How The Word Is Passed

How The Word Is Passed

How The Word Is Passed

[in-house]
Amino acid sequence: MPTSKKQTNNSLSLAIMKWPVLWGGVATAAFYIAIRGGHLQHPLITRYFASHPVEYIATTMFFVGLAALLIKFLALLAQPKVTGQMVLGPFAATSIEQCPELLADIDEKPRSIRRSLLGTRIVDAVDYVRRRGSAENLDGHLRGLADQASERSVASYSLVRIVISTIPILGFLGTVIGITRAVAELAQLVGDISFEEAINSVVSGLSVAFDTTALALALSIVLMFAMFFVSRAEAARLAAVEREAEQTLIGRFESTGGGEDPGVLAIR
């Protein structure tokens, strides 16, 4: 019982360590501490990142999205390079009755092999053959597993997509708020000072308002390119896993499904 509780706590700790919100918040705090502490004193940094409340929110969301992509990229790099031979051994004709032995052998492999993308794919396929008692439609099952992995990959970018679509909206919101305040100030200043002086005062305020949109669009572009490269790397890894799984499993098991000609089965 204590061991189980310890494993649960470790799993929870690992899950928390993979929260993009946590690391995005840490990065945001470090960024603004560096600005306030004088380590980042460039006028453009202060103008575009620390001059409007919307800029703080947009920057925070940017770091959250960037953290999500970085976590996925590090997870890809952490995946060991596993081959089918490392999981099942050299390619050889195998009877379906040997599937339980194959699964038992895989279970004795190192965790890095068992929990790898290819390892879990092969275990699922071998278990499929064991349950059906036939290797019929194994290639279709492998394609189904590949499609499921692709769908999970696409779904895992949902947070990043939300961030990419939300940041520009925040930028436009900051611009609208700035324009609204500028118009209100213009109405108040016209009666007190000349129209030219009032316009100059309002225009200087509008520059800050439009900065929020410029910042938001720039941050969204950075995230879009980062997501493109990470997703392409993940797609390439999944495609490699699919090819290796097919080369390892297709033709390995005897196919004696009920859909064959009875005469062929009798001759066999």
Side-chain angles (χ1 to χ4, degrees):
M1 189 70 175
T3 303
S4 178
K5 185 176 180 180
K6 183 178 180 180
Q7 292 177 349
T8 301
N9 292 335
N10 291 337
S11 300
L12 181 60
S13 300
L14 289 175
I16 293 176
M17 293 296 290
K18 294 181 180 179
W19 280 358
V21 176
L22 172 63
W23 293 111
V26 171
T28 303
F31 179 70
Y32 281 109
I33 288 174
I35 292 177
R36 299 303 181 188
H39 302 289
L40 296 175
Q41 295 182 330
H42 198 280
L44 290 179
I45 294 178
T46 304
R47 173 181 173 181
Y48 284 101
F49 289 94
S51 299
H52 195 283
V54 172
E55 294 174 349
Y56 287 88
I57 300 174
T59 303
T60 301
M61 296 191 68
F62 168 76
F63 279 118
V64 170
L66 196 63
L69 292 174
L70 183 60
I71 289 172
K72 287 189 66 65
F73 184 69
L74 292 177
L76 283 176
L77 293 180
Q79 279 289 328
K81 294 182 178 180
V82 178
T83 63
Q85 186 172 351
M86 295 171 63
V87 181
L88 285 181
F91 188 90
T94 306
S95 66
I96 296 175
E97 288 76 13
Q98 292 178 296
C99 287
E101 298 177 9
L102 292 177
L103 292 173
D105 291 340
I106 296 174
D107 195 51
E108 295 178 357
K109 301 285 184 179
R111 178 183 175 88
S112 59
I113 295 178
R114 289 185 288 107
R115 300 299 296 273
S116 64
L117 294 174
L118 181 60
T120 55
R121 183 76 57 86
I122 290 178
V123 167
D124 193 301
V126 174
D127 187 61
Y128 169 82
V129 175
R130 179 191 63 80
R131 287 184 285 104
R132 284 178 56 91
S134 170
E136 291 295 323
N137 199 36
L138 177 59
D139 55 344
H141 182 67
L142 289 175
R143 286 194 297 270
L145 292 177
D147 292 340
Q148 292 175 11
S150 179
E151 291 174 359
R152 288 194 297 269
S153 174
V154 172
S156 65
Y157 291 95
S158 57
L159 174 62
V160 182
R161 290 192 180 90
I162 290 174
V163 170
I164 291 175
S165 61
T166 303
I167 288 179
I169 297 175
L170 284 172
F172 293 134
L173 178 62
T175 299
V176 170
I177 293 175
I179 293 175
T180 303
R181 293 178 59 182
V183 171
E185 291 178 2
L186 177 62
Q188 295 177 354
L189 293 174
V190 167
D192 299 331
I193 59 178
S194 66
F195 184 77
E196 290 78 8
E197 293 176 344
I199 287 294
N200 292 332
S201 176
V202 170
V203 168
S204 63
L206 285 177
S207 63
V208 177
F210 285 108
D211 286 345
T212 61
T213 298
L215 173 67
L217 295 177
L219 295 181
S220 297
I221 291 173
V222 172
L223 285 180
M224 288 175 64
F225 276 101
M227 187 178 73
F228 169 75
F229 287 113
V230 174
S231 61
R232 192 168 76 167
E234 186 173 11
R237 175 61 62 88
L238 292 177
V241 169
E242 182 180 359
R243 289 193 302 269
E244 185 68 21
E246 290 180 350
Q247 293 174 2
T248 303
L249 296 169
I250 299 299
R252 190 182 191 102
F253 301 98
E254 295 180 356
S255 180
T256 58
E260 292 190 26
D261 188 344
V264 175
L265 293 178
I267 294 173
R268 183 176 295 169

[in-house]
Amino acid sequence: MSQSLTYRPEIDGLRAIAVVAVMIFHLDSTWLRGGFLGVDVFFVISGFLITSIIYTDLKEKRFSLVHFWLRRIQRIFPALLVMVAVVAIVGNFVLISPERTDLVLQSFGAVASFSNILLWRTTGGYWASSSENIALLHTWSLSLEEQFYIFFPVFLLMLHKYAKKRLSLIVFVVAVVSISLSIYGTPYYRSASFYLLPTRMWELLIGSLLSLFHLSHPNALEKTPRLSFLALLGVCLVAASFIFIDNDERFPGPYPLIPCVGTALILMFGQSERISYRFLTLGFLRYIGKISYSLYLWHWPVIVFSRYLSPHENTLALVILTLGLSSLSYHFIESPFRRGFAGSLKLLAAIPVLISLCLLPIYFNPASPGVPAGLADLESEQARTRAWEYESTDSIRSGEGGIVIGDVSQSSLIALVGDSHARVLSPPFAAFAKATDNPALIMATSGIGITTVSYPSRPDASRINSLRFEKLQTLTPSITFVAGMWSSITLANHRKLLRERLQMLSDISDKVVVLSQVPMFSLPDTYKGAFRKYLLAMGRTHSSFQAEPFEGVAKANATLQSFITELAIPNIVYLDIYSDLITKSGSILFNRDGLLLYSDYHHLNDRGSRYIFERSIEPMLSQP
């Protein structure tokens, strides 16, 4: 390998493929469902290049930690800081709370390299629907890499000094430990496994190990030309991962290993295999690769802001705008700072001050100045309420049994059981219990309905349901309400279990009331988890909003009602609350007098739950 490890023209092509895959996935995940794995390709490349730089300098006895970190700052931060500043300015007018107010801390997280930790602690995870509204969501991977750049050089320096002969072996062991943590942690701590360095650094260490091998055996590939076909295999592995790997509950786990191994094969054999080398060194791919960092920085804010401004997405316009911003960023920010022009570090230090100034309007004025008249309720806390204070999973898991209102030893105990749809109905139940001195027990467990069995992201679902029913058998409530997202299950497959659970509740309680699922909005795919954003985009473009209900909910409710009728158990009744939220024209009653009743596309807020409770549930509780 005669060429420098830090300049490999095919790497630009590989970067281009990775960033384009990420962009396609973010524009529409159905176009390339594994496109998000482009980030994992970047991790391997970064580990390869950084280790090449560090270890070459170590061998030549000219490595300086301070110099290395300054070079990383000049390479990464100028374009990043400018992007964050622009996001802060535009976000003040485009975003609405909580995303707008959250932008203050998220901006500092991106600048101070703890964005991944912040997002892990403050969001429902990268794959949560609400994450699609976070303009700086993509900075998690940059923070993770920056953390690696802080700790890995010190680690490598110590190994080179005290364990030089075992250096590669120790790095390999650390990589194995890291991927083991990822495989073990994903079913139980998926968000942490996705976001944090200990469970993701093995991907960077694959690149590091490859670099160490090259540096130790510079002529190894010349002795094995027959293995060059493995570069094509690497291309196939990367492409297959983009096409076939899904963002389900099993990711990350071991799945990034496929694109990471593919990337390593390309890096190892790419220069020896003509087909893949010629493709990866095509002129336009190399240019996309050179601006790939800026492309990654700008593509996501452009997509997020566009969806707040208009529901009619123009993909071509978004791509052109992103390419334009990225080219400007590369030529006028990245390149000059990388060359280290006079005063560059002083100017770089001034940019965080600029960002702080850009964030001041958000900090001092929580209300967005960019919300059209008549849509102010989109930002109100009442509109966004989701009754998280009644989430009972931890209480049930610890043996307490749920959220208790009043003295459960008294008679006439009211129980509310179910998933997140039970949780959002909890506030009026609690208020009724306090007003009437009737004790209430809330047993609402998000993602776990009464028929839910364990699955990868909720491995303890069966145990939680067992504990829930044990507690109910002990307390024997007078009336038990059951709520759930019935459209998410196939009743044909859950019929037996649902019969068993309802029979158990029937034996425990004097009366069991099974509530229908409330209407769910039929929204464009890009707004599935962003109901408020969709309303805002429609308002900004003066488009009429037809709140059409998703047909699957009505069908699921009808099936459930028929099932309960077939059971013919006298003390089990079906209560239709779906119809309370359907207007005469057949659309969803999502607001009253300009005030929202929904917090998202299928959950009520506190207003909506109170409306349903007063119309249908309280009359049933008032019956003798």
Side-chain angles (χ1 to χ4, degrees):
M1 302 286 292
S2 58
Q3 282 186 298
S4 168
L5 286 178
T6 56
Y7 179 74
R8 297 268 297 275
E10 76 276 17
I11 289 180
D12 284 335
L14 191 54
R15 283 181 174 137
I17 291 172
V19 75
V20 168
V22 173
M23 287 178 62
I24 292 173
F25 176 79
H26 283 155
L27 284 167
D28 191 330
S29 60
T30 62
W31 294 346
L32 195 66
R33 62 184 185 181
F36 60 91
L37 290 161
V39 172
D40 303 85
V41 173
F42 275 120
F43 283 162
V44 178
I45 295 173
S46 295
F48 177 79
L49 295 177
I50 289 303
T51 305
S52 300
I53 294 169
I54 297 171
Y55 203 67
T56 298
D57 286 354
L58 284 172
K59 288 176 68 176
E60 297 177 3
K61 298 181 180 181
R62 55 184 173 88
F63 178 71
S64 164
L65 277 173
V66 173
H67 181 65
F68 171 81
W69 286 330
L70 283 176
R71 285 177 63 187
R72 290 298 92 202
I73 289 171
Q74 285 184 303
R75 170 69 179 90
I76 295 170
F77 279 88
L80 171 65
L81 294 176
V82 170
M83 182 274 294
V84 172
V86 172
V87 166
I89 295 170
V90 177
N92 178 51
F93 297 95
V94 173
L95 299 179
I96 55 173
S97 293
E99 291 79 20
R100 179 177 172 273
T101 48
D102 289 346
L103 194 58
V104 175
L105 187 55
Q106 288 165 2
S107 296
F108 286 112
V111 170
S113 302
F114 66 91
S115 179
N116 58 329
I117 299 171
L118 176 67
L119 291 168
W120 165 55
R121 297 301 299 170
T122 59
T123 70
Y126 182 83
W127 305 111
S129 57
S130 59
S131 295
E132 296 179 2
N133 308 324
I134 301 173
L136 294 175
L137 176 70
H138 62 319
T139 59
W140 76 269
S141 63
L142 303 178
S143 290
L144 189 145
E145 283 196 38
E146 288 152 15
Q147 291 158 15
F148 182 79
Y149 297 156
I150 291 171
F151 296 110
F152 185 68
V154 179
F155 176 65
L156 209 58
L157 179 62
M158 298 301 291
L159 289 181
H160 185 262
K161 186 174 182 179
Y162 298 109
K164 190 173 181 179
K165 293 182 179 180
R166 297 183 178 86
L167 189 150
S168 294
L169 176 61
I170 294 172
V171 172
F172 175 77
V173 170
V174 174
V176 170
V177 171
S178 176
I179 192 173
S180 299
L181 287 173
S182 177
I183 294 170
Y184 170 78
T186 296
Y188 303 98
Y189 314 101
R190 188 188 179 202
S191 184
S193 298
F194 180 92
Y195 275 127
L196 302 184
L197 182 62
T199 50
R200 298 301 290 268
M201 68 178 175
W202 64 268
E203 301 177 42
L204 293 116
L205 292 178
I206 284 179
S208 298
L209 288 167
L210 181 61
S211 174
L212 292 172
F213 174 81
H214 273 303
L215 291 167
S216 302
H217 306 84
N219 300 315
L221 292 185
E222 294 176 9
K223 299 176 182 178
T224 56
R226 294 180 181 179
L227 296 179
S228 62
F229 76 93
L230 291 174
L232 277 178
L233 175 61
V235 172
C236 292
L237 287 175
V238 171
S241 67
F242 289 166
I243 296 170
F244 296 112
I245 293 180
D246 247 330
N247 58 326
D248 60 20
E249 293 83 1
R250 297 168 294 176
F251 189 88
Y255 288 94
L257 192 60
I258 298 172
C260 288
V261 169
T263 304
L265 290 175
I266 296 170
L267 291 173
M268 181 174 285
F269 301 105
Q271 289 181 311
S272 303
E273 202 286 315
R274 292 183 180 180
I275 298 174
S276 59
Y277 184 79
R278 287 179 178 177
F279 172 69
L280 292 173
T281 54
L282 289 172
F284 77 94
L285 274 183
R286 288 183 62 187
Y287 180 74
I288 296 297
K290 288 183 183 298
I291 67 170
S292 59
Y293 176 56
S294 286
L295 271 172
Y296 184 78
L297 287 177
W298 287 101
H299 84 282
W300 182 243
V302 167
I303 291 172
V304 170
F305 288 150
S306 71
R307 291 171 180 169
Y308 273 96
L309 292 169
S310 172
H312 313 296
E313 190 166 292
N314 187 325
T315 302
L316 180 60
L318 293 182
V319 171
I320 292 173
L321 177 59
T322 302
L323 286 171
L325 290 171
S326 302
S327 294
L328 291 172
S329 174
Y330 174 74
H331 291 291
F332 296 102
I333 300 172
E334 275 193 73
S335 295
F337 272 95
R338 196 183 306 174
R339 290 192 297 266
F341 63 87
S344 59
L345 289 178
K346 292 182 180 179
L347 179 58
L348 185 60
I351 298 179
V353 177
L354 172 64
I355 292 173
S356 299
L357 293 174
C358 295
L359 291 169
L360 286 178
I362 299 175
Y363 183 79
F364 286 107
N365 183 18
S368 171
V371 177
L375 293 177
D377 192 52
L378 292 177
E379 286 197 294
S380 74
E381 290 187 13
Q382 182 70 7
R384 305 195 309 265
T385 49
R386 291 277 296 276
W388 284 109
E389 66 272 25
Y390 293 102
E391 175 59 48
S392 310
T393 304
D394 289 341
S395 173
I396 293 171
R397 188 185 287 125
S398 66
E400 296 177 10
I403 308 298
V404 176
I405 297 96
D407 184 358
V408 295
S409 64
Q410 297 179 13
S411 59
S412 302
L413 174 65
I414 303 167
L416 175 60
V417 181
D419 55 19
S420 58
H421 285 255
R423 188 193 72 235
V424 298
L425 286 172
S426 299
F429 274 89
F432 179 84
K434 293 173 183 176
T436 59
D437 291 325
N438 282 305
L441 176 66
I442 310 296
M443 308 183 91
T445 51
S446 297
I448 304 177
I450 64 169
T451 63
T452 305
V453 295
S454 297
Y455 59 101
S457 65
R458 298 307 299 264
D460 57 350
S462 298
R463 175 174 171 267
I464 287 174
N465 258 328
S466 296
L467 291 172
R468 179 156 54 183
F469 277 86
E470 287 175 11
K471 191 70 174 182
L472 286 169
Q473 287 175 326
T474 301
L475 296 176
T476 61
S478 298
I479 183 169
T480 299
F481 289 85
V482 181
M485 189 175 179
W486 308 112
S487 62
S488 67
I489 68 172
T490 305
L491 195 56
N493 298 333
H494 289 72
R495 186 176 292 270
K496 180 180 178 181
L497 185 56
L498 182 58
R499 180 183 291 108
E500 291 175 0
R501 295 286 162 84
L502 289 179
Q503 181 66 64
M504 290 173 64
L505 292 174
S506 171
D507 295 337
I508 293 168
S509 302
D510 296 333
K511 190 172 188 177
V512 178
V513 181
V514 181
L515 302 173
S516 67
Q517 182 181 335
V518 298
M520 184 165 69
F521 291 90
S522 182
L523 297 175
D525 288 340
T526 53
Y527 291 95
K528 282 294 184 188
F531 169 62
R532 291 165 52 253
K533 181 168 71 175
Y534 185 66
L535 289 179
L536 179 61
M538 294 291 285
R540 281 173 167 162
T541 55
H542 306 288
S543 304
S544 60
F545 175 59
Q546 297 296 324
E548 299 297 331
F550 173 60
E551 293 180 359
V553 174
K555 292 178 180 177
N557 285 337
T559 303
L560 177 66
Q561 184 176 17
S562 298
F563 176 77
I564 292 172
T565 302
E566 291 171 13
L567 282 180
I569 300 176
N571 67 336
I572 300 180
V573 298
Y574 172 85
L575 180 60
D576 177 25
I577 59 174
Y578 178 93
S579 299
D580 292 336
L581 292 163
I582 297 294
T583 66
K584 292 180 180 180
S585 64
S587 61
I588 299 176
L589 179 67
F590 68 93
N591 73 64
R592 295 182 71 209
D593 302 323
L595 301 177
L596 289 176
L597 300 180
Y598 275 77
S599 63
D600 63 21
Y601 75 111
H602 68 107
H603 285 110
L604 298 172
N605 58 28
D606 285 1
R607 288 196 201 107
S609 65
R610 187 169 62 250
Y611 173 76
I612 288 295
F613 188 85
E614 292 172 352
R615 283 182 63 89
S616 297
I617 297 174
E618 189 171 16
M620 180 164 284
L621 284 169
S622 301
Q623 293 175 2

Instant #1 New York Times bestseller. "The Atlantic writer drafts a history of slavery in this country unlike anything you’ve read before” (Entertainment Weekly). Beginning in his hometown of New Orleans, Clint Smith leads the reader on an unforgettable tour of monuments and landmarks—those that are honest about the past and those that are not—that offer an intergenerational story of how slavery has been central in shaping our nation’s collective history, and ourselves. It is the story of the Monticello Plantation in Virginia, the estate where Thomas Jefferson wrote letters espousing the urgent need for liberty while enslaving more than four hundred people. It is the story of the Whitney Plantation, one of the only former plantations devoted to preserving the experience of the enslaved people whose lives and work sustained it. It is the story of Angola, a former plantation–turned–maximum-security prison in Louisiana that is filled with Black men who work across the 18,000-acre land for virtually no pay. And it is the story of Blandford Cemetery, the final resting place of tens of thousands of Confederate soldiers. A deeply researched and transporting exploration of the legacy of slavery and its imprint on centuries of American history, How the Word Is Passed illustrates how some of our country’s most essential stories are hidden in plain view—whether in places we might drive by on our way to work, holidays such as Juneteenth, or entire neighborhoods like downtown Manhattan, where the brutal history of the trade in enslaved men, women, and children has been deeply imprinted. Informed by scholarship and brought to life by the story of people living today, Smith’s debut work of nonfiction is a landmark of reflection and insight that offers a new understanding of the hopeful role that memory and history can play in making sense of our country and how it has come to be.